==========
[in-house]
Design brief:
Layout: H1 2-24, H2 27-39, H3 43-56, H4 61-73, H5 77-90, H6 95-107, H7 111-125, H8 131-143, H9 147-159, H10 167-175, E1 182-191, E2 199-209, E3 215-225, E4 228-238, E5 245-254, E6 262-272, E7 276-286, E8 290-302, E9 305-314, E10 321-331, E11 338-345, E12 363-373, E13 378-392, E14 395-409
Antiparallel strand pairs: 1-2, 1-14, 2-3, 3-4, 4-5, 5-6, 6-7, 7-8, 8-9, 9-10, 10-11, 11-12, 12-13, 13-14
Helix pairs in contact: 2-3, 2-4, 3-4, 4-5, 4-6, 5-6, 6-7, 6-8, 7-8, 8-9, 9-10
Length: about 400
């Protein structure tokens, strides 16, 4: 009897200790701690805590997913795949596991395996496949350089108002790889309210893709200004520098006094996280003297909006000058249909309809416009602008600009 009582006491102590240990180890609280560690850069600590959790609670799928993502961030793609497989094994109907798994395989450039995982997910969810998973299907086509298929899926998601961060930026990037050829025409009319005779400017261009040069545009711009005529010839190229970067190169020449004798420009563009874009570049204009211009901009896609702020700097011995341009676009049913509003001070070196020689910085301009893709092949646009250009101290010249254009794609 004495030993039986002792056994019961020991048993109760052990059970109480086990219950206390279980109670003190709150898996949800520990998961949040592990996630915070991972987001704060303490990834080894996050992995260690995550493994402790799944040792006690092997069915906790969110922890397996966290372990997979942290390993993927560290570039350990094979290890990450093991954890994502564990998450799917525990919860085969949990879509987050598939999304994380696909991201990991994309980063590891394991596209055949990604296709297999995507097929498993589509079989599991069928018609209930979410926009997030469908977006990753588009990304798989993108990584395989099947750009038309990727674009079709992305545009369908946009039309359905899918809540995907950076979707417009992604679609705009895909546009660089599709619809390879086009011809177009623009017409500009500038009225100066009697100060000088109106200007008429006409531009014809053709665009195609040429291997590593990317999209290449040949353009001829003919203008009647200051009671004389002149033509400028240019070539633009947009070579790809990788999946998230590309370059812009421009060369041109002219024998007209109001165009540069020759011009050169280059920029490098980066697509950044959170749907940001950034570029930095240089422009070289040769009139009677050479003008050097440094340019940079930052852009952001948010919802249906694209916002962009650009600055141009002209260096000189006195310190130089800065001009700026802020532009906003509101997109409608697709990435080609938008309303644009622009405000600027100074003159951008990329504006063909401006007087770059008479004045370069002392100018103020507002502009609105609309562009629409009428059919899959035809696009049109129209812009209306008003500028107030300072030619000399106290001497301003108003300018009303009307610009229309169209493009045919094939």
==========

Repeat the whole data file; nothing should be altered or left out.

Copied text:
[in-house]
Design brief:
Layout: H1 2-24, H2 27-39, H3 43-56, H4 61-73, H5 77-90, H6 95-107, H7 111-125, H8 131-143, H9 147-159, H10 167-175, E1 182-191, E2 199-209, E3 215-225, E4 228-238, E5 245-254, E6 262-272, E7 276-286, E8 290-302, E9 305-314, E10 321-331, E11 338-345, E12 363-373, E13 378-392, E14 395-409
Antiparallel strand pairs: 1-2, 1-14, 2-3, 3-4, 4-5, 5-6, 6-7, 7-8, 8-9, 9-10, 10-11, 11-12, 12-13, 13-14
Helix pairs in contact: 2-3, 2-4, 3-4, 4-5, 4-6, 5-6, 6-7, 6-8, 7-8, 8-9, 9-10
Length: about 400
């Protein structure tokens, strides 16, 4: 009897200790701690805590997913795949596991395996496949350089108002790889309210893709200004520098006094996280003297909006000058249909309809416009602008600009 009582006491102590240990180890609280560690850069600590959790609670799928993502961030793609497989094994109907798994395989450039995982997910969810998973299907086509298929899926998601961060930026990037050829025409009319005779400017261009040069545009711009005529010839190229970067190169020449004798420009563009874009570049204009211009901009896609702020700097011995341009676009049913509003001070070196020689910085301009893709092949646009250009101290010249254009794609 004495030993039986002792056994019961020991048993109760052990059970109480086990219950206390279980109670003190709150898996949800520990998961949040592990996630915070991972987001704060303490990834080894996050992995260690995550493994402790799944040792006690092997069915906790969110922890397996966290372990997979942290390993993927560290570039350990094979290890990450093991954890994502564990998450799917525990919860085969949990879509987050598939999304994380696909991201990991994309980063590891394991596209055949990604296709297999995507097929498993589509079989599991069928018609209930979410926009997030469908977006990753588009990304798989993108990584395989099947750009038309990727674009079709992305545009369908946009039309359905899918809540995907950076979707417009992604679609705009895909546009660089599709619809390879086009011809177009623009017409500009500038009225100066009697100060000088109106200007008429006409531009014809053709665009195609040429291997590593990317999209290449040949353009001829003919203008009647200051009671004389002149033509400028240019070539633009947009070579790809990788999946998230590309370059812009421009060369041109002219024998007209109001165009540069020759011009050169280059920029490098980066697509950044959170749907940001950034570029930095240089422009070289040769009139009677050479003008050097440094340019940079930052852009952001948010919802249906694209916002962009650009600055141009002209260096000189006195310190130089800065001009700026802020532009906003509101997109409608697709990435080609938008309303644009622009405000600027100074003159951008990329504006063909401006007087770059008479004045370069002392100018103020507002502009609105609309562009629409009428059919899959035809696009049109129209812009209306008003500028107030300072030619000399106290001497301003108003300018009303009307610009229309169209493009045919094939």